Weather conditions continued to deteriorate. Gale warnings had been issued at 7 pm on November 9, upgraded to storm warnings early in the morning of November 10. While conditions were bad, with winds gusting to 50 knots and seas 12 to 16 feet, both Captains had often piloted their vessels in similar conditions. In the early afternoon of November 10, the Fitzgerald had passed Michipicoten Island and was approaching Caribou Island. The Anderson was just approaching Michipicoten, about three miles off the West End Light.

Captain Cooper maintained that he watched the Edmund Fitzgerald pass far too close to Six Fathom Shoal to the north of Caribou Island. He could clearly see the ship and the beacon on Caribou on his radar set and could measure the distance between them. He and his officers watched the Fitzgerald pass right over the dangerous area of shallow water. By this time, snow and rising spray had obscured the Fitzgerald from sight, visible 17 miles ahead on radar.

At 3:30 pm that afternoon, Captain McSorley radioed Captain Cooper and said: “Anderson, this is the Fitzgerald. I have a fence rail down, two vents lost or damaged, and a list. I’m checking down. Will you stay by me till I get to Whitefish?” McSorley was checking down his speed to allow the Anderson to close the distance for safety. Captain Cooper asked McSorley if he had his pumps going, and McSorley said, “Yes, both of them.”

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“The Wreck Site II” by David Conklin Available online in the Shipwreck Coast Museum Store.

As the afternoon wore on, radio communications with the Fitzgerald concerned navigational information but no extraordinarily alarming reports were offered by Captain McSorley. At about 5:20 pm the crest of a wave smashed the Anderson’s starboard lifeboat, making it unusable. Captain Cooper reported winds from the NW x W (305 ) at a steady 58 knots with gusts to 70 knots, and seas of 18 to 25 feet.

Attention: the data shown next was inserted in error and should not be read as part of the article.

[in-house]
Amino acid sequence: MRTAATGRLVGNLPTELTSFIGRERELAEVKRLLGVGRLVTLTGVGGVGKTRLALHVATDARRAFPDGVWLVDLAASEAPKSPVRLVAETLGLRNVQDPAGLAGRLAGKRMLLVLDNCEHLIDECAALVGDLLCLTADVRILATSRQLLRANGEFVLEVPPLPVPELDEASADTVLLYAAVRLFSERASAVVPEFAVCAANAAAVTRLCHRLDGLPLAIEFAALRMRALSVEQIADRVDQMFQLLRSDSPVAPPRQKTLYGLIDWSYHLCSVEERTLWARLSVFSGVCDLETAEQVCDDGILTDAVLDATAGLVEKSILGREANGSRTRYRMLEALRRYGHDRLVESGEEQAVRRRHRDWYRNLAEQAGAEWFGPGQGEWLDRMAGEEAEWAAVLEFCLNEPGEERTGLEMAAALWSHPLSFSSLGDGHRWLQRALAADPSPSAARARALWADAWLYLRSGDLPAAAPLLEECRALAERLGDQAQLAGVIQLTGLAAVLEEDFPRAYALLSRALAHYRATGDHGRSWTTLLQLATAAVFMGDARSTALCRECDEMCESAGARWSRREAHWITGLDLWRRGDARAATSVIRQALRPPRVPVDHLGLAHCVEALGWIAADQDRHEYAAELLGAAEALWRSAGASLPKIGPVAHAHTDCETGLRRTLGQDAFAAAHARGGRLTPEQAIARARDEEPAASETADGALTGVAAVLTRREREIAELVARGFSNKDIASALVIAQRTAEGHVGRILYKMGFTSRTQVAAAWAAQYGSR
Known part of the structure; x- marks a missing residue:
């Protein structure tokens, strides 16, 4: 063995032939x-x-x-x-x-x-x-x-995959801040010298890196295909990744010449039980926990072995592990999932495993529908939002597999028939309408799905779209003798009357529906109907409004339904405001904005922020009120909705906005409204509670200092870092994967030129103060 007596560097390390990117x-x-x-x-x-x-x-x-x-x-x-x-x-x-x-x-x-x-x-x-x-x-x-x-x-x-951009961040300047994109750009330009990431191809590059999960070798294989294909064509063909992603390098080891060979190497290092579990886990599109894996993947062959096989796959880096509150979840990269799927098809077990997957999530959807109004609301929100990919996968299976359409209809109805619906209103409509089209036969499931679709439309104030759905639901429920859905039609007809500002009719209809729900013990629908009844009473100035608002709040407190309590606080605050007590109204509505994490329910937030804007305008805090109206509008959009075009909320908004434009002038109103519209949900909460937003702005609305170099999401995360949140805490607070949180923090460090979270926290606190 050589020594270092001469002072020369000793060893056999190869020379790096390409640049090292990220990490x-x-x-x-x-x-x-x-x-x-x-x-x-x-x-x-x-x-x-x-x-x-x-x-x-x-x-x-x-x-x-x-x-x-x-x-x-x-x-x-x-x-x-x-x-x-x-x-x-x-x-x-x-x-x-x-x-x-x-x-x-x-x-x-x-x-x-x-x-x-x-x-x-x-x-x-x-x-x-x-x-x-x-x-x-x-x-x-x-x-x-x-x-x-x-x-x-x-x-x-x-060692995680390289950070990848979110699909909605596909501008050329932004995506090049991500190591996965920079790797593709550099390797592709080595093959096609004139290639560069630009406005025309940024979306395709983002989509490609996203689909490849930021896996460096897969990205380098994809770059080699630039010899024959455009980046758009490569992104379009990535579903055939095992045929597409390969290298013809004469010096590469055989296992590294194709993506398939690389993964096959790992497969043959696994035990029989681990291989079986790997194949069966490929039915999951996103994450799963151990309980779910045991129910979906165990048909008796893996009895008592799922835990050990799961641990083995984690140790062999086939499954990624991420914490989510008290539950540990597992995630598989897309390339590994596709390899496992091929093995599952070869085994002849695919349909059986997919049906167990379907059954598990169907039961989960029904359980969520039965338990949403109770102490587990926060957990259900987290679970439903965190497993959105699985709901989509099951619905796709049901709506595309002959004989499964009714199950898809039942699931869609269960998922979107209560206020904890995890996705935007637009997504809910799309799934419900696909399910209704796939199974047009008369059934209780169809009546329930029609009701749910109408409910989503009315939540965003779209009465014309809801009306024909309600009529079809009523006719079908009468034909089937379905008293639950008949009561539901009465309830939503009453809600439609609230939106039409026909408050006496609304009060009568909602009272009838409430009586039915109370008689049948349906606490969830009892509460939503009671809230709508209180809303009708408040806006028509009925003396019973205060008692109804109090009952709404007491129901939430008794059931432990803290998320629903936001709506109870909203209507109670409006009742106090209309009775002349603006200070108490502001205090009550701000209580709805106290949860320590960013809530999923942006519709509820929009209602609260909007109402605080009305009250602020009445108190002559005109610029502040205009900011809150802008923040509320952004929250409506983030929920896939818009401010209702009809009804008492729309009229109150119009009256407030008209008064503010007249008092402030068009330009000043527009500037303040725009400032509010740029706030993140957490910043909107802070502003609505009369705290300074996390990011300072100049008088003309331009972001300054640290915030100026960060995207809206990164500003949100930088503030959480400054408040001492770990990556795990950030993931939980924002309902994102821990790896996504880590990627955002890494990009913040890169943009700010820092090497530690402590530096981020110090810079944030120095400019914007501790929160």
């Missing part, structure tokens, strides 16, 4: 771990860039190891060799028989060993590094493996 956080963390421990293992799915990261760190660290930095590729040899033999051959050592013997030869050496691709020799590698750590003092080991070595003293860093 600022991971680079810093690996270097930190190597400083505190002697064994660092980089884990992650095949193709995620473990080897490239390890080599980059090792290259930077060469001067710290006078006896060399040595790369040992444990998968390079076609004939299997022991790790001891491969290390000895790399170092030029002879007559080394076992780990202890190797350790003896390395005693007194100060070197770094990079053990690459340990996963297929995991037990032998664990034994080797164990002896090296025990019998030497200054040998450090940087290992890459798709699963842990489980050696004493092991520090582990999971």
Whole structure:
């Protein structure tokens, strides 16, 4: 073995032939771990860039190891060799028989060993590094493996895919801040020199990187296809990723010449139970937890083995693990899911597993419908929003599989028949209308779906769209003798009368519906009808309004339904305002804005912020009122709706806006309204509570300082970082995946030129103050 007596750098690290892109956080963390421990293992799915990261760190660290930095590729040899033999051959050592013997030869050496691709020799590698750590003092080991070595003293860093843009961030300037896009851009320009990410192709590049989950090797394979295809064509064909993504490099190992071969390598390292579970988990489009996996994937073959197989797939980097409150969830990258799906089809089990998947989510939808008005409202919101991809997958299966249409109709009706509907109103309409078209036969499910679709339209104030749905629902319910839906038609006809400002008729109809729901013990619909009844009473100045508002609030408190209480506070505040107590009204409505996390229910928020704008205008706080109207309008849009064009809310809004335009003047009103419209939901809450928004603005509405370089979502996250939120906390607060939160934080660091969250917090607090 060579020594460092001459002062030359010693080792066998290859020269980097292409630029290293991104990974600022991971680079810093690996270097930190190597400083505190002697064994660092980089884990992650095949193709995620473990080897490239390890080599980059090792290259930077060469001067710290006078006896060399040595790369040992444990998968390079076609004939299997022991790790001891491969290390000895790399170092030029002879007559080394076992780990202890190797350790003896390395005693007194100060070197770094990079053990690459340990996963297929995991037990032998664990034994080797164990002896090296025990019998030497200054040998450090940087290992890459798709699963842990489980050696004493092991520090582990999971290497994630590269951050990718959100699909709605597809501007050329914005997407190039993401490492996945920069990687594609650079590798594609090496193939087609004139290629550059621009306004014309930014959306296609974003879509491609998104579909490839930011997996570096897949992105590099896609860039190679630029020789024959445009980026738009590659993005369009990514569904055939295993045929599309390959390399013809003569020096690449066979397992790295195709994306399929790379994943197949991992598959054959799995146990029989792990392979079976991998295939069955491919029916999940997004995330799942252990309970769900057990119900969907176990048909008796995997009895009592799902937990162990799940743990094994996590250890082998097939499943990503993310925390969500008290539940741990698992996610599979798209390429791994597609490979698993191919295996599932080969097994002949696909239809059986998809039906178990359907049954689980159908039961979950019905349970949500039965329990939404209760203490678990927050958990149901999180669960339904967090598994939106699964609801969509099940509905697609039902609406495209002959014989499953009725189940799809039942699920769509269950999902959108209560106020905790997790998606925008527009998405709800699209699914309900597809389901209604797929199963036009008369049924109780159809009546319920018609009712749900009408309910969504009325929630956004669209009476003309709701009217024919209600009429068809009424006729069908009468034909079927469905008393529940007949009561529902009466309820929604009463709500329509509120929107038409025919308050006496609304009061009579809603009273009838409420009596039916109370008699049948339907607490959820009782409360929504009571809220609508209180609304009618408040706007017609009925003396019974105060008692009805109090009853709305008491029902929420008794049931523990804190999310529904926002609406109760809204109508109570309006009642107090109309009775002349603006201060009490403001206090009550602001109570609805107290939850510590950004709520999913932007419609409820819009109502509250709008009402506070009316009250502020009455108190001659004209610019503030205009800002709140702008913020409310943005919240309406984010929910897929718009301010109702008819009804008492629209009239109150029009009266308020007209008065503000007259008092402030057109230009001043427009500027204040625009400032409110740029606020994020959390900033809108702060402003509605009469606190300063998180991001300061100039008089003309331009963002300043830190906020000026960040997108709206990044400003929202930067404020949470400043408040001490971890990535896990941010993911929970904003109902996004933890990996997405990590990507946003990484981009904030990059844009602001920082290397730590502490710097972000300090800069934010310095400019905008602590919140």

According to Captain Cooper, about 6:55 pm, he and the men in the Anderson’s pilothouse felt a “bump”, felt the ship lurch, and then turned to see a monstrous wave engulfing their entire vessel from astern. The wave worked its way along the deck, crashing on the back of the pilothouse, driving the bow of the Anderson down into the sea.

“Then the Anderson just raised up and shook herself off of all that water – barrooff – just like a big dog. Another wave just like the first one or bigger hit us again. I watched those two waves head down the lake towards the Fitzgerald, and I think those were the two that sent him under.”

Uncle Sam Day

Uncle Sam Day - September 13

Uncle Sam Day – September 13

The man behind the iconic image and fascinating nickname for the United States government is recognized on Uncle Sam Day, born on September 13, 1766.

Sam Wilson, a meatpacker from New York, supplied barrels of meat to soldiers during the war of 1812.  To identify the meat for shipment, Wilson prominently stamped “U.S.” on the barrels.  It wasn’t long before the soldiers dubbed the grub a delivery from Uncle Sam.  As such nicknames tend to do, its popularity spread.

The first illustration of Uncle Sam is unlike the one we know today.  Published by Harper’s Weekly in 1861, the young government representative (a starred bandana on his head and wearing a striped vest)  is depicted dividing up Virginia like a butcher. The image of Uncle Sam would take many forms over the years.

Credit is given to German-born illustrator and cartoonist Thomas Nast for developing the long-legged Uncle Sam with the starred top hat and striped pants who is more like the one we know today.  The Harper’s Weekly political cartoonist took on many issues with his Uncle Sam character including Boss Tweed, Union recruitment, and Reconstruction.

During the modern era, Uncle Sam obtained some color.  The United States Army awarded Montgomery Flagg with the artwork for the familiar portrait used in the “I Want You For The U.S. Army” campaign during World War I.  It first appeared on the cover of Leslie’s Weekly, an illustrated literary and news magazine.

HOW TO OBSERVE

Use #UncleSamDay to post on social media.

HISTORY

President George W. Bush proclaimed Uncle Sam Day to be September 13, 1989, in honor of the anniversary of the birth of Samuel Wilson.  It coincided with the bicentennial celebration of the City of Troy, New York where Wilson lived and worked.  The City of Try requested the designation of the President.

On September 7, 1961, through concurrent resolutions Congress officially named Uncle Sam a permanent symbol of American strength and idealism.